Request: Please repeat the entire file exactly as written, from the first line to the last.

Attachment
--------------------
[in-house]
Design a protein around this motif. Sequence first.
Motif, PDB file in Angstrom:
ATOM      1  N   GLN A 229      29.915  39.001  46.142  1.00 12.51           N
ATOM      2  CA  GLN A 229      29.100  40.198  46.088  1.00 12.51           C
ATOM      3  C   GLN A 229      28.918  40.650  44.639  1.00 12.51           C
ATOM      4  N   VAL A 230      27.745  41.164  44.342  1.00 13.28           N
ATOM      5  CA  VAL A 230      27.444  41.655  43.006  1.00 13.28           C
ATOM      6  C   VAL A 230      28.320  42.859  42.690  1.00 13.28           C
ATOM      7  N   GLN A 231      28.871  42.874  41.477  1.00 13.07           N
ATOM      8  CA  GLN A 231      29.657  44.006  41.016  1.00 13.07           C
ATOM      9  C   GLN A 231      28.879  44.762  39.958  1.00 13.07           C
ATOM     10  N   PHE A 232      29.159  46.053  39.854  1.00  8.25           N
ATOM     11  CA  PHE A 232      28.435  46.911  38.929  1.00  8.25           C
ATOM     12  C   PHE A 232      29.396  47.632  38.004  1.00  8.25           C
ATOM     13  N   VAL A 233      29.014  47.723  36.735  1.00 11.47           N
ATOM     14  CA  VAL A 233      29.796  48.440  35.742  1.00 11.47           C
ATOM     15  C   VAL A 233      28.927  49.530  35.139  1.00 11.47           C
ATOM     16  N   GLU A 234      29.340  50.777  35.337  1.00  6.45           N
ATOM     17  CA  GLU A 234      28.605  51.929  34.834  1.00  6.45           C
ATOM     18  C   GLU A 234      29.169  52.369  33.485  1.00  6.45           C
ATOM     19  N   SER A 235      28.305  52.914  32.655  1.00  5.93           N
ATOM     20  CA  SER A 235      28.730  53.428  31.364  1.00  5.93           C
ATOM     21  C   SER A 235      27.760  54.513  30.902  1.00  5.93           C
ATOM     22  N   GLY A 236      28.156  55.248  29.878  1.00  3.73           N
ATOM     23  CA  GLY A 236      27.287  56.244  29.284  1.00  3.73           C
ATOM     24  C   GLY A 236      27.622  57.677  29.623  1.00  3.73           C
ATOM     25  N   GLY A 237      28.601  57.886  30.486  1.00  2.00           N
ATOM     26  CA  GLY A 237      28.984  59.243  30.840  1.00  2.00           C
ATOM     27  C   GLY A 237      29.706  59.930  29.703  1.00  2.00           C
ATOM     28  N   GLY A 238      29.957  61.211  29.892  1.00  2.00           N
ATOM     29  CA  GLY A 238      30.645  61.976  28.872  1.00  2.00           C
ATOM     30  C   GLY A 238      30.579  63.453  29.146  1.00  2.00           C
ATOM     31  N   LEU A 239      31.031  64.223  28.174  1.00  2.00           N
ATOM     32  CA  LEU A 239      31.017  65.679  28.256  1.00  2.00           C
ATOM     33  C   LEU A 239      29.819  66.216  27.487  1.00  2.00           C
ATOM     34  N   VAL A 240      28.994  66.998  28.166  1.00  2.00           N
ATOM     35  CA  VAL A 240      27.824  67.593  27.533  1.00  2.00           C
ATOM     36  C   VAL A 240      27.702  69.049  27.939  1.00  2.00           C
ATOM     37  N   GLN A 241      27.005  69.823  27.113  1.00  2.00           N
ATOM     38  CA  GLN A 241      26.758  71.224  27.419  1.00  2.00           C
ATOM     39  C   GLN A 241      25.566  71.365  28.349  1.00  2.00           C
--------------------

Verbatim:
[in-house]
Design a protein around this motif. Sequence first.
Motif, PDB file in Angstrom:
ATOM      1  N   GLN A 229      29.915  39.001  46.142  1.00 12.51           N
ATOM      2  CA  GLN A 229      29.100  40.198  46.088  1.00 12.51           C
ATOM      3  C   GLN A 229      28.918  40.650  44.639  1.00 12.51           C
ATOM      4  N   VAL A 230      27.745  41.164  44.342  1.00 13.28           N
ATOM      5  CA  VAL A 230      27.444  41.655  43.006  1.00 13.28           C
ATOM      6  C   VAL A 230      28.320  42.859  42.690  1.00 13.28           C
ATOM      7  N   GLN A 231      28.871  42.874  41.477  1.00 13.07           N
ATOM      8  CA  GLN A 231      29.657  44.006  41.016  1.00 13.07           C
ATOM      9  C   GLN A 231      28.879  44.762  39.958  1.00 13.07           C
ATOM     10  N   PHE A 232      29.159  46.053  39.854  1.00  8.25           N
ATOM     11  CA  PHE A 232      28.435  46.911  38.929  1.00  8.25           C
ATOM     12  C   PHE A 232      29.396  47.632  38.004  1.00  8.25           C
ATOM     13  N   VAL A 233      29.014  47.723  36.735  1.00 11.47           N
ATOM     14  CA  VAL A 233      29.796  48.440  35.742  1.00 11.47           C
ATOM     15  C   VAL A 233      28.927  49.530  35.139  1.00 11.47           C
ATOM     16  N   GLU A 234      29.340  50.777  35.337  1.00  6.45           N
ATOM     17  CA  GLU A 234      28.605  51.929  34.834  1.00  6.45           C
ATOM     18  C   GLU A 234      29.169  52.369  33.485  1.00  6.45           C
ATOM     19  N   SER A 235      28.305  52.914  32.655  1.00  5.93           N
ATOM     20  CA  SER A 235      28.730  53.428  31.364  1.00  5.93           C
ATOM     21  C   SER A 235      27.760  54.513  30.902  1.00  5.93           C
ATOM     22  N   GLY A 236      28.156  55.248  29.878  1.00  3.73           N
ATOM     23  CA  GLY A 236      27.287  56.244  29.284  1.00  3.73           C
ATOM     24  C   GLY A 236      27.622  57.677  29.623  1.00  3.73           C
ATOM     25  N   GLY A 237      28.601  57.886  30.486  1.00  2.00           N
ATOM     26  CA  GLY A 237      28.984  59.243  30.840  1.00  2.00           C
ATOM     27  C   GLY A 237      29.706  59.930  29.703  1.00  2.00           C
ATOM     28  N   GLY A 238      29.957  61.211  29.892  1.00  2.00           N
ATOM     29  CA  GLY A 238      30.645  61.976  28.872  1.00  2.00           C
ATOM     30  C   GLY A 238      30.579  63.453  29.146  1.00  2.00           C
ATOM     31  N   LEU A 239      31.031  64.223  28.174  1.00  2.00           N
ATOM     32  CA  LEU A 239      31.017  65.679  28.256  1.00  2.00           C
ATOM     33  C   LEU A 239      29.819  66.216  27.487  1.00  2.00           C
ATOM     34  N   VAL A 240      28.994  66.998  28.166  1.00  2.00           N
ATOM     35  CA  VAL A 240      27.824  67.593  27.533  1.00  2.00           C
ATOM     36  C   VAL A 240      27.702  69.049  27.939  1.00  2.00           C
ATOM     37  N   GLN A 241      27.005  69.823  27.113  1.00  2.00           N
ATOM     38  CA  GLN A 241      26.758  71.224  27.419  1.00  2.00           C
ATOM     39  C   GLN A 241      25.566  71.365  28.349  1.00  2.00           C